Suha Philip Ma’ayeh
The National
June 3, 2009 - 12:00am

When Shimon Peres, the Israeli president, described a Right-wing parliamentarian’s proposal that Jordan serve as a Palestinian state as “baseless hallucination”, it did little to quell concern here.

The proposal by Arieh Eldad, a member of the Knesset, last week sent a shudder through political circles and sparked calls for Jordan to abrogate its 1994 peace treaty with Israel.

Mr Eldad, who is a member of the far-Right National Union party, had said that because Jordan grants citizenship to Palestinian refugees, it should serve as an alternative Palestinian state, in essence excusing Israel from giving the right of return to millions of Palestinians who fled or were forced out over the past six decades, or to implement the two state solution.

The suggestion itself, known as the alternative homeland, is not new. It has long been floated by Israel’s Right-wingers, much to the displeasure of Jordan. But what Jordanians were more concerned about was that it was discussed for the first time in the Knesset, a sign that the alternative home idea is receiving a measure of credibility.

Israel’s foreign ministry sought to distance itself from the proposal, saying the views did not reflect those of the current government, and Mr Peres, whose post is largely ceremonial, described it as unfounded.

But Jordan wants the Netanyahu government to clarify officially its position regarding Mr Eldad’s proposal.

“The Jordanian diplomacy will be committing a grave mistake if it considers Peres’s statement as enough … Because Peres is a trader of words. His mission is to lie and mislead international public opinion each time people open their eyes to Israel’s new crimes,” Taher al Edwan, editor-in-chief of Arab Alyam, an independent newspaper, wrote on Sunday. “But with time, the hallucinations become a case for discussion and to draft into laws.”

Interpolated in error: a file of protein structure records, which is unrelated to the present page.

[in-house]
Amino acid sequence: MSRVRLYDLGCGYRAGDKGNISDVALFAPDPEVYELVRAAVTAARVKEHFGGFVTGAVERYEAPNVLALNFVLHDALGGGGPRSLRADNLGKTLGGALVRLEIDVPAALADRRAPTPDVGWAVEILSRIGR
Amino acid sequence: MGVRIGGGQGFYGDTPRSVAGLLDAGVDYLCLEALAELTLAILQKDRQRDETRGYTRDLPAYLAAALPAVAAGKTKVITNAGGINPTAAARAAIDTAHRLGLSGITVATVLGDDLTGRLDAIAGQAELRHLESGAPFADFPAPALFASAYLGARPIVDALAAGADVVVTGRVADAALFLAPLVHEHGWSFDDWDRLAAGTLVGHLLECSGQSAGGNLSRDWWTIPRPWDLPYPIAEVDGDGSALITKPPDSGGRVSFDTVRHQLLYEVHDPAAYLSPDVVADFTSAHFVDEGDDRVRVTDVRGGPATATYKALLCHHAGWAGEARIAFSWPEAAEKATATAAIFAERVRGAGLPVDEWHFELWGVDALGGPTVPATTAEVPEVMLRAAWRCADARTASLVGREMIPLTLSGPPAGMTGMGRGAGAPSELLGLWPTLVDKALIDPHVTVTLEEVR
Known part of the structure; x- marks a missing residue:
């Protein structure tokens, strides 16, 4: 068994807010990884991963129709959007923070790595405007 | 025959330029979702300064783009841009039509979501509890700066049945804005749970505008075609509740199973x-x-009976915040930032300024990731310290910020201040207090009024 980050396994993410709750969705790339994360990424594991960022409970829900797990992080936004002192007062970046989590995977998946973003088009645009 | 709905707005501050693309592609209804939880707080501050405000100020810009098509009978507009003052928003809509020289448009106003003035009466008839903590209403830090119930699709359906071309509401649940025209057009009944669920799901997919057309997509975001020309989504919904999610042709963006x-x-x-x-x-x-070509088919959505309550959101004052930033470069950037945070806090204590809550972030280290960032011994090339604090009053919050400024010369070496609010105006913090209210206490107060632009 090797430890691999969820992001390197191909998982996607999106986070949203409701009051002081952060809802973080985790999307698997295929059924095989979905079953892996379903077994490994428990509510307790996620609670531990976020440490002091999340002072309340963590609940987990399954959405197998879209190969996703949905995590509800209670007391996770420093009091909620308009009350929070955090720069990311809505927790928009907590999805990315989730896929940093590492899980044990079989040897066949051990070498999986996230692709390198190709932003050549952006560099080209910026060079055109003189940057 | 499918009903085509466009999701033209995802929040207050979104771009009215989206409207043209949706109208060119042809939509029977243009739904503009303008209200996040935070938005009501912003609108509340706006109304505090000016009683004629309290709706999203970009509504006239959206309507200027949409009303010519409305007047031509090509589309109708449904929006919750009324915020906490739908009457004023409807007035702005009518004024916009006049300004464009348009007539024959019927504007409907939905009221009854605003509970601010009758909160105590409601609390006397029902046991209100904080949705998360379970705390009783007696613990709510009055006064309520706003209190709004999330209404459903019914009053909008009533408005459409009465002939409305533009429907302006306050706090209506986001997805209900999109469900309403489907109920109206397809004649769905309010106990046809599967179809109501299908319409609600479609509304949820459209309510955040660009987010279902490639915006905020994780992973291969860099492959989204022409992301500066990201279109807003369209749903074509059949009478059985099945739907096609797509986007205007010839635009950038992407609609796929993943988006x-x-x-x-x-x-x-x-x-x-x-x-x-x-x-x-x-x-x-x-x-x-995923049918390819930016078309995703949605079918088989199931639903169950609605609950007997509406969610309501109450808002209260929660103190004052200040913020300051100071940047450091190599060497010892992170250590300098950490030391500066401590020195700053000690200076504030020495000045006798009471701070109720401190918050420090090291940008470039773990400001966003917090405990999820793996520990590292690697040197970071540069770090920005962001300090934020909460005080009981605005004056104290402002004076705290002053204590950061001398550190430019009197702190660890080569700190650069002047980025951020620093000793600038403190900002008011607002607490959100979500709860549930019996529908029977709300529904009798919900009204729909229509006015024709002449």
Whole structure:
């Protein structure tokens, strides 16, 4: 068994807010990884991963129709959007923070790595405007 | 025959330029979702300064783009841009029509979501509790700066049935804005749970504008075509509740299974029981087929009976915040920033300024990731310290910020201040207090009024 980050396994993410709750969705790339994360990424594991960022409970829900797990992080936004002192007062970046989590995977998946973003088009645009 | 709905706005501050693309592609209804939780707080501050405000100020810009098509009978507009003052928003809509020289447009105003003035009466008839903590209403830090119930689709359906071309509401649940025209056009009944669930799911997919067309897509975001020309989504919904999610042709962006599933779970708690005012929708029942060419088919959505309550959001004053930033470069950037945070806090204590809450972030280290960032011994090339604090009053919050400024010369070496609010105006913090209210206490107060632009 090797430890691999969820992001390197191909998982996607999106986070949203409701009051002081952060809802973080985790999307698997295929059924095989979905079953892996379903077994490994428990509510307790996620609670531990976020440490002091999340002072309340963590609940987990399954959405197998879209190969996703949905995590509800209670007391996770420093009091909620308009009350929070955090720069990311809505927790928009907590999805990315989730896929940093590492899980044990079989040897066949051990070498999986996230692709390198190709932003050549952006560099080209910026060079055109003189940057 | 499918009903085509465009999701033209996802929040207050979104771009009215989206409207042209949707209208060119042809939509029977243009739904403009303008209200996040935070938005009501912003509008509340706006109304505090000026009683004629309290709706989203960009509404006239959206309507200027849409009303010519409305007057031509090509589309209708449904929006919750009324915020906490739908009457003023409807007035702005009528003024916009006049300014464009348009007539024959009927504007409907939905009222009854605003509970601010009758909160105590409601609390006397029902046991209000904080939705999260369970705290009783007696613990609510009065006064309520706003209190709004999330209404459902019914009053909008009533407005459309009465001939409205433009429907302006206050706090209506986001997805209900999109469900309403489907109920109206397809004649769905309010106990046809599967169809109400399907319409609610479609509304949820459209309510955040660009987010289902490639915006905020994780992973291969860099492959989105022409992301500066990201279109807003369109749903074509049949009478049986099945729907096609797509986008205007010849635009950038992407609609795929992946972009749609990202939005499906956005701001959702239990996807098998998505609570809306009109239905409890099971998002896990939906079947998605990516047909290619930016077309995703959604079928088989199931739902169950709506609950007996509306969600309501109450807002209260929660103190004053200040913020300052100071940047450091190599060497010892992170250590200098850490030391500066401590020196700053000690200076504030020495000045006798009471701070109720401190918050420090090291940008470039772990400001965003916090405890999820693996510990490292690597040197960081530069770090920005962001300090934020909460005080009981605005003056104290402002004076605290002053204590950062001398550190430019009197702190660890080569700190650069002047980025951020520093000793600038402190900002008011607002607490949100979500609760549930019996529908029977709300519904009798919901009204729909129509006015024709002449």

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While it is unlikely the proposal will pass into law, its discussion in parliament cannot be ignored by Jordanians. As long as Israel continues to reject the two-state solution, a resolution that has the support of Arab states, the US administration and the international community, it poses a threat to the sovereignty of Jordan, where 50 per cent of its population are of Palestinian origin. Such a move would render Jordanians from the eastern bank of the Jordan River a minority in the kingdom.

“Although the views are those of the Right-wing extremist parties, still they will only further shake confidence of the peace camp and among those who support the peace treaty and believe that it will protect Jordan,” said Oraib al Rantawi, director of Al Quds Centre for Political Studies, an independent think tank based in Amman.

“What is dangerous is that these political parties that call for this proposal give the Israeli government an exit out of its strained policies. Netanyahu rejects a Palestinian state and one state where Israelis and Arabs have equal rights, so the only solution left is to solve the Israeli-Palestinian conflict outside Palestine,” he said.

“Our experiments with Israel taught us that what is now a minor political current, after a short while might turn into a major one. And what represents the views of the minority in Israel will represent the majority particularly with a lack of a solution to the Israeli-Palestinian conflict.”


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